New Zealand government scientists said Thursday that an international treaty to stop the use of ozone-depleting gases was still working despite a study showing new damage to the ozone layer in the Northern Hemisphere.
The researchers from the National Institute of Water and Atmospheric Research (NIWA) said they had also contributed to an article in the scientific journal, Nature, that reported an unexpected rise in hydrogen chloride in the Northern Hemisphere since 2007.
The increase appeared to contradict the success of the Montreal Protocol introduced in 1987 to protect the ozone layer by banning production of ozone-depleting substances.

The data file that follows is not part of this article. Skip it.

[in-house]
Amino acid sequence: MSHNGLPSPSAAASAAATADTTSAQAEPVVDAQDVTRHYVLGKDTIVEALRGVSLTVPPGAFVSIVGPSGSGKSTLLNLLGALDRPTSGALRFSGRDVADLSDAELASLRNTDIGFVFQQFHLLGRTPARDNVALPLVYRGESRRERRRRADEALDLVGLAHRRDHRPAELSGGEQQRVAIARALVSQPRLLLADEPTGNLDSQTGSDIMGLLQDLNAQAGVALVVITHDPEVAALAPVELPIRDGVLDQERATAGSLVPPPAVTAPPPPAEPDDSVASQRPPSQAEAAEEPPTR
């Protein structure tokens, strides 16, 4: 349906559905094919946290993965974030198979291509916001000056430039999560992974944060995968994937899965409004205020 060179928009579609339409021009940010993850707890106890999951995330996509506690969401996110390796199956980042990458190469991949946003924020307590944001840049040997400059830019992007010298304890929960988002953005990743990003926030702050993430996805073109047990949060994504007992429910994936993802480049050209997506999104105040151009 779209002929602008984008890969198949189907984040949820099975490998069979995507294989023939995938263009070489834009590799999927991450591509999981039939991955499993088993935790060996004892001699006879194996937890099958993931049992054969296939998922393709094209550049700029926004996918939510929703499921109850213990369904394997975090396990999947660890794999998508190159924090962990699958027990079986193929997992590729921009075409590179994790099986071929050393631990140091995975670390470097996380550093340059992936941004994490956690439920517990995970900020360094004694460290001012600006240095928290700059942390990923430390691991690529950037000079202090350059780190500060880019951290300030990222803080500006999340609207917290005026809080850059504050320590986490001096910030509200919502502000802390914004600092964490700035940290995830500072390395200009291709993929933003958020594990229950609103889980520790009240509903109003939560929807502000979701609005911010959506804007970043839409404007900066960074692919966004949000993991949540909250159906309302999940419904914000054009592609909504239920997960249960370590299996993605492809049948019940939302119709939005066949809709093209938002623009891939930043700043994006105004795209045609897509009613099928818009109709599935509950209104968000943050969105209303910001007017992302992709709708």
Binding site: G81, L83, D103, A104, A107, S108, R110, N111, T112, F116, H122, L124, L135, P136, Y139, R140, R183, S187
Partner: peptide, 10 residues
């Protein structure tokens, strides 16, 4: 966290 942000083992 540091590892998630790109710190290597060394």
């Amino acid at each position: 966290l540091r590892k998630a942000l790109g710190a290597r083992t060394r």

The study showed the increase was a result of a temporary, but prolonged anomaly in atmospheric circulation, NIWA researcher Dan Smale said in a statement.
It refuted the possibility of rogue emissions of ozone- depleting substances and confirmed that the ozone layer would likely fully recover during the second half of this century.
Measurements made at NIWA's atmospheric research laboratory at Lauder, in the South Island, were a key component in an article by international team of scientists.
"NIWA's role in this research is to provide high quality continuous measurements in a data sparse region of the globe. We had to make sure our data was bomb proof," Smale said.
The ozone layer shields the biosphere from harmful ultraviolet radiation and is an essential part of the climate system.